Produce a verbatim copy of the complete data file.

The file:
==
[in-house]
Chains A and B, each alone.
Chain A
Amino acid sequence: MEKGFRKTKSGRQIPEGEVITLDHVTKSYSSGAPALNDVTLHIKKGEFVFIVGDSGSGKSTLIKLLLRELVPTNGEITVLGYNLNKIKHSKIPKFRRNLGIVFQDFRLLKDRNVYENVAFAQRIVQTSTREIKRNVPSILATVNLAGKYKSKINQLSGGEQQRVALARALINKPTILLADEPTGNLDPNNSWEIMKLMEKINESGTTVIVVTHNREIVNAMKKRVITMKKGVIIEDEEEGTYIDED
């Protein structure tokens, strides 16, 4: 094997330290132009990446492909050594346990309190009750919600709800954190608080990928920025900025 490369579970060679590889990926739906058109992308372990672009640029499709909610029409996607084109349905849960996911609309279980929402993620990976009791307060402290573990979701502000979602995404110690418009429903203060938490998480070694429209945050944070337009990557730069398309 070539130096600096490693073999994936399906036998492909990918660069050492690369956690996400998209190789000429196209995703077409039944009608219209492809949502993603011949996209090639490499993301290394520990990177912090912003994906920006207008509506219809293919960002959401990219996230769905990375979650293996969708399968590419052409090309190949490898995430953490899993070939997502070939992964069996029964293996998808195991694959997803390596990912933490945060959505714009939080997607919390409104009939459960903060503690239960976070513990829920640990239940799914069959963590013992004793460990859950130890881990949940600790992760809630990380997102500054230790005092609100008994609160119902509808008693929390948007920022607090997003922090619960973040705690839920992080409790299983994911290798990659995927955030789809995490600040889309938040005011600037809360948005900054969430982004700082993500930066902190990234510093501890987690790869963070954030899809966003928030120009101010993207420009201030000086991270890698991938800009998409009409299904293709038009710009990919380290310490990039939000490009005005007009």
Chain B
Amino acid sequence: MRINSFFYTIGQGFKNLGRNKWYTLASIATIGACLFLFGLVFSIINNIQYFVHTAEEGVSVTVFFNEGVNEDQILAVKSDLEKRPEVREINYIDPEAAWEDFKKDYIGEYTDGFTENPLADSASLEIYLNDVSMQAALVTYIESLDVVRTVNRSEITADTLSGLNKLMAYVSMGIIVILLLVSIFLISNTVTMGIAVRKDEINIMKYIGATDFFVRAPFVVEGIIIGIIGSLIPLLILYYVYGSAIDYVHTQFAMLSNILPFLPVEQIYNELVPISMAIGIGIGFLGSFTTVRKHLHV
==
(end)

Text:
[in-house]
Chains A and B, each alone.
Chain A
Amino acid sequence: MEKGFRKTKSGRQIPEGEVITLDHVTKSYSSGAPALNDVTLHIKKGEFVFIVGDSGSGKSTLIKLLLRELVPTNGEITVLGYNLNKIKHSKIPKFRRNLGIVFQDFRLLKDRNVYENVAFAQRIVQTSTREIKRNVPSILATVNLAGKYKSKINQLSGGEQQRVALARALINKPTILLADEPTGNLDPNNSWEIMKLMEKINESGTTVIVVTHNREIVNAMKKRVITMKKGVIIEDEEEGTYIDED
């Protein structure tokens, strides 16, 4: 094997330290132009990446492909050594346990309190009750919600709800954190608080990928920025900025 490369579970060679590889990926739906058109992308372990672009640029499709909610029409996607084109349905849960996911609309279980929402993620990976009791307060402290573990979701502000979602995404110690418009429903203060938490998480070694429209945050944070337009990557730069398309 070539130096600096490693073999994936399906036998492909990918660069050492690369956690996400998209190789000429196209995703077409039944009608219209492809949502993603011949996209090639490499993301290394520990990177912090912003994906920006207008509506219809293919960002959401990219996230769905990375979650293996969708399968590419052409090309190949490898995430953490899993070939997502070939992964069996029964293996998808195991694959997803390596990912933490945060959505714009939080997607919390409104009939459960903060503690239960976070513990829920640990239940799914069959963590013992004793460990859950130890881990949940600790992760809630990380997102500054230790005092609100008994609160119902509808008693929390948007920022607090997003922090619960973040705690839920992080409790299983994911290798990659995927955030789809995490600040889309938040005011600037809360948005900054969430982004700082993500930066902190990234510093501890987690790869963070954030899809966003928030120009101010993207420009201030000086991270890698991938800009998409009409299904293709038009710009990919380290310490990039939000490009005005007009």
Chain B
Amino acid sequence: MRINSFFYTIGQGFKNLGRNKWYTLASIATIGACLFLFGLVFSIINNIQYFVHTAEEGVSVTVFFNEGVNEDQILAVKSDLEKRPEVREINYIDPEAAWEDFKKDYIGEYTDGFTENPLADSASLEIYLNDVSMQAALVTYIESLDVVRTVNRSEITADTLSGLNKLMAYVSMGIIVILLLVSIFLISNTVTMGIAVRKDEINIMKYIGATDFFVRAPFVVEGIIIGIIGSLIPLLILYYVYGSAIDYVHTQFAMLSNILPFLPVEQIYNELVPISMAIGIGIGFLGSFTTVRKHLHV